As adults we all know that there are certain painful things in life that are good for us. There are surgeries that are painful but necessary for our good. We have all tasted medicine that is awful, but we endure it because it is good for us. These words like many others in Scripture are strong medicine and it doesn’t taste very good. This is not a happy passage, not one fun to read or preach for that matter. These are strong words, hard words, difficult things to say. We are not used to people speaking in hard ways. We live in a time that has experienced the feminization of discourse, a time that is afraid to offend, afraid to come off harsh or insensitive or intolerant. But as I have said before, Peter, is a good pastor who cares about the sheep in his church so he writes to warn believers of the dangers of false teachers who deny Jesus both in their doctrine and in their actions, lifestyles that are filled with immorality and following after the passions of the flesh. The first three verses of chapter 2 which we looked at two weeks ago give the main idea behind the rest of chapters 2 and 3. There are false teachers who have crept into the church, as there always have been and always will be. They are promoting two things, sensuality and defiling lusts of passion, and destructive heresies that deny the truth and despise authority, especially the authority of God’s Word. Peter ends that summary by saying, “their condemnation from long ago is not idle, and their destruction is not asleep.” The reason he says that is because one of the most common traits of false teachers and those who have given themselves over to sin and evil is that they live as if there is no judgment, no time of accounting, no consequences to their way of life. This is our world. It doesn’t believe God judges sin or holds us accountable. There is no final, fearful punishment. God is only a loving God, not a God of wrath or judgment and He would never send anyone to hell. This reminds me of the famous definition of liberalism: "A God without wrath brought men without sin into a kingdom without judgment through a Christ without a cross." (H. Richard Niebuhr's description of Protestant liberalism). But the godly can fall into a similar trap or begin to despair over God’s lack of justice or care or concern. Psalm 73 is a very clear example of this error of thinking. So Peter reminds them of how false such thinking is. To do that he gives three examples from the OT of how God did visit judgment and punishment on the wicked and two examples of how God saved the righteous, rescued the godly. Peter backs up his statement in verse 3 with proof. These are portraits or snapshots from the OT picture album of those who failed to finish well and those who did. Let’s start with the three negative examples. I have a saying that isn’t very nice but actually applies well to this text. Nobody is useless, they can always serve as a bad example.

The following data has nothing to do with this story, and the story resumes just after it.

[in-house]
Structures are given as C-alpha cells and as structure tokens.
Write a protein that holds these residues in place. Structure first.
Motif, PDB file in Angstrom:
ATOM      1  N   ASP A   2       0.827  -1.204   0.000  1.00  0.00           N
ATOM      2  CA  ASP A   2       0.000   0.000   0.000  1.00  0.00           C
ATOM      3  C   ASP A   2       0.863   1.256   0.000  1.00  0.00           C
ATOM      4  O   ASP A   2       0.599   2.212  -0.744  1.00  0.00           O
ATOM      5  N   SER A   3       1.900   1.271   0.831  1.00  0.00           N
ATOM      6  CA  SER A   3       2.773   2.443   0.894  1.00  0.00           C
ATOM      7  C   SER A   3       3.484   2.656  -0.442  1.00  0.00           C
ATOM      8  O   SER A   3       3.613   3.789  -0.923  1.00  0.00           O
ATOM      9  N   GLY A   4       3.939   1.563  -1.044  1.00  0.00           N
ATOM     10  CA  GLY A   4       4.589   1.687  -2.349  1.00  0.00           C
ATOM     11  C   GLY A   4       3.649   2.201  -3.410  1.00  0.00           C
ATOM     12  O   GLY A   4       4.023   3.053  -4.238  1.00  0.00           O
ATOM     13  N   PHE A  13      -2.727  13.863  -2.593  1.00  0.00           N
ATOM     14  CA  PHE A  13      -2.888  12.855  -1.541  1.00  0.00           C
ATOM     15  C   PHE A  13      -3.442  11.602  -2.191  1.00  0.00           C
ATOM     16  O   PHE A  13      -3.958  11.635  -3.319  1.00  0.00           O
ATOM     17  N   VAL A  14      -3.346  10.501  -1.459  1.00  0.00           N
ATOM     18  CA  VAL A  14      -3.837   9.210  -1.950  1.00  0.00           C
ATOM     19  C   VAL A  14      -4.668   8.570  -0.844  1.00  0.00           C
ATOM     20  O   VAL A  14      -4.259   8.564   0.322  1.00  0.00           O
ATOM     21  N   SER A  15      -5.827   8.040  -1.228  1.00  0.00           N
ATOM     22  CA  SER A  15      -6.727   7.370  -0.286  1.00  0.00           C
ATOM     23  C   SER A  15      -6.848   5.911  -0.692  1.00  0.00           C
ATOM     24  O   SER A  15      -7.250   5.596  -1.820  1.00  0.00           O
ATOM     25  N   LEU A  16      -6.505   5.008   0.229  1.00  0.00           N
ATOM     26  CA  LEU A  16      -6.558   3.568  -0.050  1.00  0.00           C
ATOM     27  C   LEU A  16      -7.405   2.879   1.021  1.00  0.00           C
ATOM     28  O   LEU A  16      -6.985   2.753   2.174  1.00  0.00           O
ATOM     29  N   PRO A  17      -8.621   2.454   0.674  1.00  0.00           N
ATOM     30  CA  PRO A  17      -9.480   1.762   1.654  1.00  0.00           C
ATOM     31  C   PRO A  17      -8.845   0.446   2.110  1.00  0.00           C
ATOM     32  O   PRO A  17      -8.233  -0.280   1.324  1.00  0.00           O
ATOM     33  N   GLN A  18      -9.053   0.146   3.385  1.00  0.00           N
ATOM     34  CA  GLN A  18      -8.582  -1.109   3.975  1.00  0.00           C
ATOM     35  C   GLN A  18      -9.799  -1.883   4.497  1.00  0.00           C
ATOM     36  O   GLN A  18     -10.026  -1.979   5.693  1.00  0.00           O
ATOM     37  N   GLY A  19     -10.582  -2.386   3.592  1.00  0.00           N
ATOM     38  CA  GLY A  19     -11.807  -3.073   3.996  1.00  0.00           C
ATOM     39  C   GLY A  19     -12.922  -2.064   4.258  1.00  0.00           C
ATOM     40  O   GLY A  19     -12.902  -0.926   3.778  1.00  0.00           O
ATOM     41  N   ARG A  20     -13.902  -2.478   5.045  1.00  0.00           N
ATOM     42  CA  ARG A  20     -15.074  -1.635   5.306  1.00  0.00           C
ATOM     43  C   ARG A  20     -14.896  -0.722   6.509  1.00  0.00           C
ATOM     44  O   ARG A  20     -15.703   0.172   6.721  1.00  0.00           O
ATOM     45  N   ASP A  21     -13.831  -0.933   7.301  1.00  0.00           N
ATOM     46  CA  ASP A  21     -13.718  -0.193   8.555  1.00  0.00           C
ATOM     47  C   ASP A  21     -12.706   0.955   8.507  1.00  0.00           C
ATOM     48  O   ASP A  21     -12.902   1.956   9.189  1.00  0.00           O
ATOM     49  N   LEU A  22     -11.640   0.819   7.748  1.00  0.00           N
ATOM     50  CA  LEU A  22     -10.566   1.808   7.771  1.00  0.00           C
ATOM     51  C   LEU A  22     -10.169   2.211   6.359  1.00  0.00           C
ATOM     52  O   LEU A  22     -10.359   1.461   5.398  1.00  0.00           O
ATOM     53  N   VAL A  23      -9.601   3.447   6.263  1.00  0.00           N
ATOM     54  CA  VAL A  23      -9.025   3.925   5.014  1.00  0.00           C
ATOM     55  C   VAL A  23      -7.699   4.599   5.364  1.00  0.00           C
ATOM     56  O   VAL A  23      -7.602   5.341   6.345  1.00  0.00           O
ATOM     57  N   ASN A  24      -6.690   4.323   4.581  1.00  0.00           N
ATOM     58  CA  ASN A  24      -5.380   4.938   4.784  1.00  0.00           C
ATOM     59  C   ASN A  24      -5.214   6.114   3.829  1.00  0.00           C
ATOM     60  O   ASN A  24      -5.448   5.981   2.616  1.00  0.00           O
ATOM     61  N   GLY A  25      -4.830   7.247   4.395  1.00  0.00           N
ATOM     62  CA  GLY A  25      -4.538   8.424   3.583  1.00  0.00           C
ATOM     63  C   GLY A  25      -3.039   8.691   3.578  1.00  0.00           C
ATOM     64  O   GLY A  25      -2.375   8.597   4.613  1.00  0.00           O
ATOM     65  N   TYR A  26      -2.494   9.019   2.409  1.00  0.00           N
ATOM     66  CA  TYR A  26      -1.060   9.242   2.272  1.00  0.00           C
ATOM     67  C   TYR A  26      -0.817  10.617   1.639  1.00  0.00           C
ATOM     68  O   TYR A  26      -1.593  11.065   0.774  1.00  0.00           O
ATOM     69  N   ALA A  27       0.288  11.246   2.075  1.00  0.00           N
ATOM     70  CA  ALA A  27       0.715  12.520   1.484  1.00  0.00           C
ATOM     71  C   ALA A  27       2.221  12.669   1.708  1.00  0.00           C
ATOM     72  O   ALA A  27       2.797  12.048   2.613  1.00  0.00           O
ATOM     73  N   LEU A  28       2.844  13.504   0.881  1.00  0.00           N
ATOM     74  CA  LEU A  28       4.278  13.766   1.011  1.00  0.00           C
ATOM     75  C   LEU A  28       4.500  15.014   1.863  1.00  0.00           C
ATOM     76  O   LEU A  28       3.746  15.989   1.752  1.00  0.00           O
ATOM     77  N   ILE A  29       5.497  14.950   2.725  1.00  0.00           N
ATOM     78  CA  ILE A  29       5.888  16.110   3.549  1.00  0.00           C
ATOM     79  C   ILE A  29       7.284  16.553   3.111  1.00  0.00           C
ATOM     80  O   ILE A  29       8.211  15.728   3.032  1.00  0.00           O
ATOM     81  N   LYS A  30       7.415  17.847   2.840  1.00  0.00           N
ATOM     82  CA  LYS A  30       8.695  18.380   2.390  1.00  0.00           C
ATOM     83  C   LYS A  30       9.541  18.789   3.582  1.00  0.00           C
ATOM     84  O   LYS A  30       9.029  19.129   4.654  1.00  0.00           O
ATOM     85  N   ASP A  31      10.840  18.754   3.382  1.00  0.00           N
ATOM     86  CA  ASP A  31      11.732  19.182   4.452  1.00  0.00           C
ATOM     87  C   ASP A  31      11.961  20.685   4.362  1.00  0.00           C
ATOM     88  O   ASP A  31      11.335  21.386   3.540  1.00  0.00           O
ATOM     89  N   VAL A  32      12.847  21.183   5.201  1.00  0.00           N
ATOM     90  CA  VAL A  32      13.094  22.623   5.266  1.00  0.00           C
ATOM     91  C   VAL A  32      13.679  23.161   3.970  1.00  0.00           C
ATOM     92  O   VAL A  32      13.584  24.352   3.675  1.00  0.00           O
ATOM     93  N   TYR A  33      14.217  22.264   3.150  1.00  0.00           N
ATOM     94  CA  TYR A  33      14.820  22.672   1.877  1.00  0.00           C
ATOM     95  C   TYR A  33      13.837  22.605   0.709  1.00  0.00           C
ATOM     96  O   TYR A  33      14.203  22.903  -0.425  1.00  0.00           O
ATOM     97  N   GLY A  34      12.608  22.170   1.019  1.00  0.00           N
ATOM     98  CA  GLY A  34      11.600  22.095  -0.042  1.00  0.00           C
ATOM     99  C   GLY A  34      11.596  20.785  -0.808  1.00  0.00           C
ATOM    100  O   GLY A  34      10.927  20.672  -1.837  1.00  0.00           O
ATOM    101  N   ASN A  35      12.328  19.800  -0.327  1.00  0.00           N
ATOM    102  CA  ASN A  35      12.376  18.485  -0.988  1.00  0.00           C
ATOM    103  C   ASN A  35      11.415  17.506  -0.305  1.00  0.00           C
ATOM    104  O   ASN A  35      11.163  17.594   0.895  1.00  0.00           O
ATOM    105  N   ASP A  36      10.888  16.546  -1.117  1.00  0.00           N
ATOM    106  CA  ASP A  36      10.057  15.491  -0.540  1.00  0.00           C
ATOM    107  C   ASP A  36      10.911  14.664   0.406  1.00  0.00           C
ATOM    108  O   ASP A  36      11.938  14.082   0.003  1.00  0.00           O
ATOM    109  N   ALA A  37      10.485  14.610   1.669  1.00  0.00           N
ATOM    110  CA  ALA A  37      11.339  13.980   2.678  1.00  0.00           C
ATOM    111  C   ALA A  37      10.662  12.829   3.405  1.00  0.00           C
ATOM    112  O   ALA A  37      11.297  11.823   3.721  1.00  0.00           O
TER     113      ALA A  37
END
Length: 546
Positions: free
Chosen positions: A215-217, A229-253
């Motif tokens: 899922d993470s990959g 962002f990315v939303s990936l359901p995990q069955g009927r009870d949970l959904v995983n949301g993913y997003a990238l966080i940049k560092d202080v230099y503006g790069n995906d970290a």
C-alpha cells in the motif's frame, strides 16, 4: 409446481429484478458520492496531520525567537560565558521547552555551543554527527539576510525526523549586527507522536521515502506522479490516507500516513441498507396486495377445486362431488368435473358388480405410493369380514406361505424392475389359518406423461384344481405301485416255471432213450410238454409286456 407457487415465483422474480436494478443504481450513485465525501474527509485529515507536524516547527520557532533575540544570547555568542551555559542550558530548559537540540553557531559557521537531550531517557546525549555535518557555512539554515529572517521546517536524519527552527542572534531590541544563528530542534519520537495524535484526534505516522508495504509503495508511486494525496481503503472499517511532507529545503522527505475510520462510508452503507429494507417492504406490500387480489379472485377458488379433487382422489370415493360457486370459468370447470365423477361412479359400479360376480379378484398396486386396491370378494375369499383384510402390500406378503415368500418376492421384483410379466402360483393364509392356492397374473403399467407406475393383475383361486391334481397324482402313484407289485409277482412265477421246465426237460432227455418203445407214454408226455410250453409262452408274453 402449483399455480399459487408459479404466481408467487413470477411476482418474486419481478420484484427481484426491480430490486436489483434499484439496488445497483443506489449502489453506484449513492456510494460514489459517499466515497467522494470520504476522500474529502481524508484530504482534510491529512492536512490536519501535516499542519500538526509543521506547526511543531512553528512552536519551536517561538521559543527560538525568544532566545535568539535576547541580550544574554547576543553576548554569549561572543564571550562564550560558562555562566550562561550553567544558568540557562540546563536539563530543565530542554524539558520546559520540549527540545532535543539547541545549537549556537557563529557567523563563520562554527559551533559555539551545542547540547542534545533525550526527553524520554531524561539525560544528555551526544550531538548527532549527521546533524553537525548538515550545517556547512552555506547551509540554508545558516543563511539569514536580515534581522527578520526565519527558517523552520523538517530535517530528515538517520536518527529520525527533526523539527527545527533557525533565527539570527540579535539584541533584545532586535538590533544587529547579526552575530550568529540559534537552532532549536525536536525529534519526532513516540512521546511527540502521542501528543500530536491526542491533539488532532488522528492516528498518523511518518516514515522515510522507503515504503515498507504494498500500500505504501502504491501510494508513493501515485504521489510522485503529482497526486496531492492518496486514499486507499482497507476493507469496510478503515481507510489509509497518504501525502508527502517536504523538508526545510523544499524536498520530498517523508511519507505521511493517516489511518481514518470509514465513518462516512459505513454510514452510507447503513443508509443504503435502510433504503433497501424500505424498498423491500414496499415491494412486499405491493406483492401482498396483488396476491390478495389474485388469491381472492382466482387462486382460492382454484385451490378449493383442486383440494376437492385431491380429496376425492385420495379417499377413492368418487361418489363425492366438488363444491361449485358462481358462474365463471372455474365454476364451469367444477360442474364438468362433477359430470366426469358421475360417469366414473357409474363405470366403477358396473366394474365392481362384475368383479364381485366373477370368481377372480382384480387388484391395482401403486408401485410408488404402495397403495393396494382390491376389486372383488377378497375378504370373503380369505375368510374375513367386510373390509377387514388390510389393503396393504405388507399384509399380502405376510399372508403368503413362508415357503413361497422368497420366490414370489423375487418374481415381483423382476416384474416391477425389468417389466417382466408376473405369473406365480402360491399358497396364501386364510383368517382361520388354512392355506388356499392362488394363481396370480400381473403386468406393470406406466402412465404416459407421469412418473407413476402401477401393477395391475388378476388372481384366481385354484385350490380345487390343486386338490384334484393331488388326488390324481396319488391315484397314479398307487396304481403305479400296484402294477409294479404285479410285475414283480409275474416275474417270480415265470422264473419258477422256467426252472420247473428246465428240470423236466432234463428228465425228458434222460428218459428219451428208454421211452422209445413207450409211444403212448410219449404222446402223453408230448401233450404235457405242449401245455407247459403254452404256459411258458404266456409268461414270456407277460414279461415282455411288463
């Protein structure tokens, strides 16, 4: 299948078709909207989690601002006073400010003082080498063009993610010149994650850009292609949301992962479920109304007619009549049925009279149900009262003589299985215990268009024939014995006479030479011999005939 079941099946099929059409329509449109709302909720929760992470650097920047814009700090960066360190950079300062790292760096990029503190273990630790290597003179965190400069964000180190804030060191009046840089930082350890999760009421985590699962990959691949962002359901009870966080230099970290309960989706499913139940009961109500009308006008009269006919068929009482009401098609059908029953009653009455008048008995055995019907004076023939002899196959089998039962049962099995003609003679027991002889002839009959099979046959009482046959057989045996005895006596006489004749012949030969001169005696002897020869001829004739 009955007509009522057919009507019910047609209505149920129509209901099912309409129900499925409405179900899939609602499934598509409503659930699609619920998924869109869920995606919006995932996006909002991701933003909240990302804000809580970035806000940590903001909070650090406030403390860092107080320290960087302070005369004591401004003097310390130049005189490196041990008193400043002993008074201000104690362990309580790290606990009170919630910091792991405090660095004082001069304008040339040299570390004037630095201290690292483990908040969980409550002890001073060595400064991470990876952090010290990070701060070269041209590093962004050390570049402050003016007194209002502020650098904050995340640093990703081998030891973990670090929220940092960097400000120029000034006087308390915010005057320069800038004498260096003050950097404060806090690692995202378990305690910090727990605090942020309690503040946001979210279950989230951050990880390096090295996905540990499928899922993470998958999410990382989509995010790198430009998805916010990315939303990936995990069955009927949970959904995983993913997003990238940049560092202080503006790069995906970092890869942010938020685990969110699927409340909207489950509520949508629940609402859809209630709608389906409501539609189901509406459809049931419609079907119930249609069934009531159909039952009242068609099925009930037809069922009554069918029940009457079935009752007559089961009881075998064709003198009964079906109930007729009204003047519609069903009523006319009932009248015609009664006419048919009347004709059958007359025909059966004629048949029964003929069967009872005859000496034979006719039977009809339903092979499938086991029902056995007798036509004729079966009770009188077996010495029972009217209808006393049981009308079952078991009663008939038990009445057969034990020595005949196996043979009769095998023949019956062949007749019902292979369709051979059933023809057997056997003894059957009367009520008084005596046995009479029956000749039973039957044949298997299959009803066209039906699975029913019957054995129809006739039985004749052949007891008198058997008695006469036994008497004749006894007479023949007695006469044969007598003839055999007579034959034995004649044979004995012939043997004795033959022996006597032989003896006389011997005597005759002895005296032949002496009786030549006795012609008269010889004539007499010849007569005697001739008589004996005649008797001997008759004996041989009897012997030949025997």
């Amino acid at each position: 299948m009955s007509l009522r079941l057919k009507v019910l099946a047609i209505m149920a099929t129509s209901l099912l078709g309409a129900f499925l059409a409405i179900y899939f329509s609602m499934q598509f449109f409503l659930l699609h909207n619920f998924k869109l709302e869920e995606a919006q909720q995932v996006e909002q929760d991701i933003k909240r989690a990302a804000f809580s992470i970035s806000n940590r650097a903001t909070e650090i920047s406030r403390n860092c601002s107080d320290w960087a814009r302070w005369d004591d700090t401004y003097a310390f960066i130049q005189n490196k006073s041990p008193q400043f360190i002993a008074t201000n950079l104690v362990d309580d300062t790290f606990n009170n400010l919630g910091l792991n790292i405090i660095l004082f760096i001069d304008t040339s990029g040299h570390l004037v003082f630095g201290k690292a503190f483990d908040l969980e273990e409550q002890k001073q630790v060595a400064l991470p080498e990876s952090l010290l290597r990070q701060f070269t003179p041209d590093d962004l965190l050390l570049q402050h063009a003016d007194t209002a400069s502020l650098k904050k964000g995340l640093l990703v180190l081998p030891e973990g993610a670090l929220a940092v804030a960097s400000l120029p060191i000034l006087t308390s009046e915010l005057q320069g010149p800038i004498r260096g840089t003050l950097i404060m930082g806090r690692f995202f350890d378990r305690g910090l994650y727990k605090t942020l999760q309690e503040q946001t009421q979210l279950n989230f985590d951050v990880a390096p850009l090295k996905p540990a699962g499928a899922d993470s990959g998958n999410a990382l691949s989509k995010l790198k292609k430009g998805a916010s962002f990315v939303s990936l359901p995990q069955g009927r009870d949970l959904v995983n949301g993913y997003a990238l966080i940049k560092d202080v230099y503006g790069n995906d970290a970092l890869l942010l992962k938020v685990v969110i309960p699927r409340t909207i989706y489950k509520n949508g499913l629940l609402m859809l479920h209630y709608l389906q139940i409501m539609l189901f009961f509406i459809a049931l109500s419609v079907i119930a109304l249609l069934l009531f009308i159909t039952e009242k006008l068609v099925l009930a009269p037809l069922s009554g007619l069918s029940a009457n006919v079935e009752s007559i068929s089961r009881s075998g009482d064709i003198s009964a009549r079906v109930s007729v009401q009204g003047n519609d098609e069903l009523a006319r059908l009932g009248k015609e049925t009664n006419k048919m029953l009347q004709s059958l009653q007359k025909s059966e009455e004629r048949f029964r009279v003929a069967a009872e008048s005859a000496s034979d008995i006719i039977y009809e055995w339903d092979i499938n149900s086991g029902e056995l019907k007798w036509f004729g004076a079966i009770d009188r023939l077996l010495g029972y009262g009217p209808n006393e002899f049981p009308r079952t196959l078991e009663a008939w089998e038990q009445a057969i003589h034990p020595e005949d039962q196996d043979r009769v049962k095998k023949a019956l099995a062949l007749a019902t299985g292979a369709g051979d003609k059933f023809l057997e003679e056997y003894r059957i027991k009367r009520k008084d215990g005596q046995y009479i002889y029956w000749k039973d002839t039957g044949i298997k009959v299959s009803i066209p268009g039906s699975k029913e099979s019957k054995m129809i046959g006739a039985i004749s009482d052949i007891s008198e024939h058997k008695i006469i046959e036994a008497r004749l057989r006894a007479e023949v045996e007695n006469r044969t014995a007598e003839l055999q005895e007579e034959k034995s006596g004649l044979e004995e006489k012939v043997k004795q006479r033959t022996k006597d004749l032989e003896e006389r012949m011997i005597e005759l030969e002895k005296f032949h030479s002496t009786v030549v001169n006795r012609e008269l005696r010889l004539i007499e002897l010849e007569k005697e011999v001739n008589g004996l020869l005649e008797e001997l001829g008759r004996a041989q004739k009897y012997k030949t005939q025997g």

The goal of chapter one was to encourage us and build up our faith that we would be diligent to make our calling and election sure. Peter began by exhorting us to continue to cultivate a living, active, growing faith through virtue, knowledge, self-control, godliness and love. And he exhorts us to pay close attention to God’s Word as the lamp for our way in life. The goal of chapter two is to warn us of the dangers if we don’t do that, and if in fact we wander away from our faith. Not everyone follows the way of Jesus. Some follow cleverly devised myths (1:16), some blaspheme the way of truth and introduce destructive heresies (2:1-2), some are seduced by what their itching ears want to hear to suit their own passions (II Timothy 4:3). If chapter one is the carrot, chapter two is the stick. And if you think you are not in danger, you don’t have a good sense of how seductive and pleasing the easy path is. It’s led by man-pleasers, people to appeal to our wants and needs and desires.
Dave Barry is a Pulitzer Prize-winning newspaper columnist who wrote a nationally syndicated humor column for about 25 years. Phama and I laughed out loud at a lot of his humor. We learned whenever he wrote, “Seriously, I am not making this up” that was a sure sign he was in fact definitely making it up. Peter is arguing he is definitely not making up what he is saying about Jesus, and the proof of that is found in two things, we were eye witness, and better yet, we have the prophetic Word. Peter’s authority was being challenged, so he grounds it in two reasons.
Have you ever been in one of those awkward situations where someone is repeating themselves and you aren’t quite sure how to act? Do you just act like it’s the first time, do you say “You said that already?” You know, like when I repeated that announcement just now. And you all just though I was losing my mind, right? Peter repeats himself three times in this short passage but he’s not losing his mind either, there is good reason for what he is doing.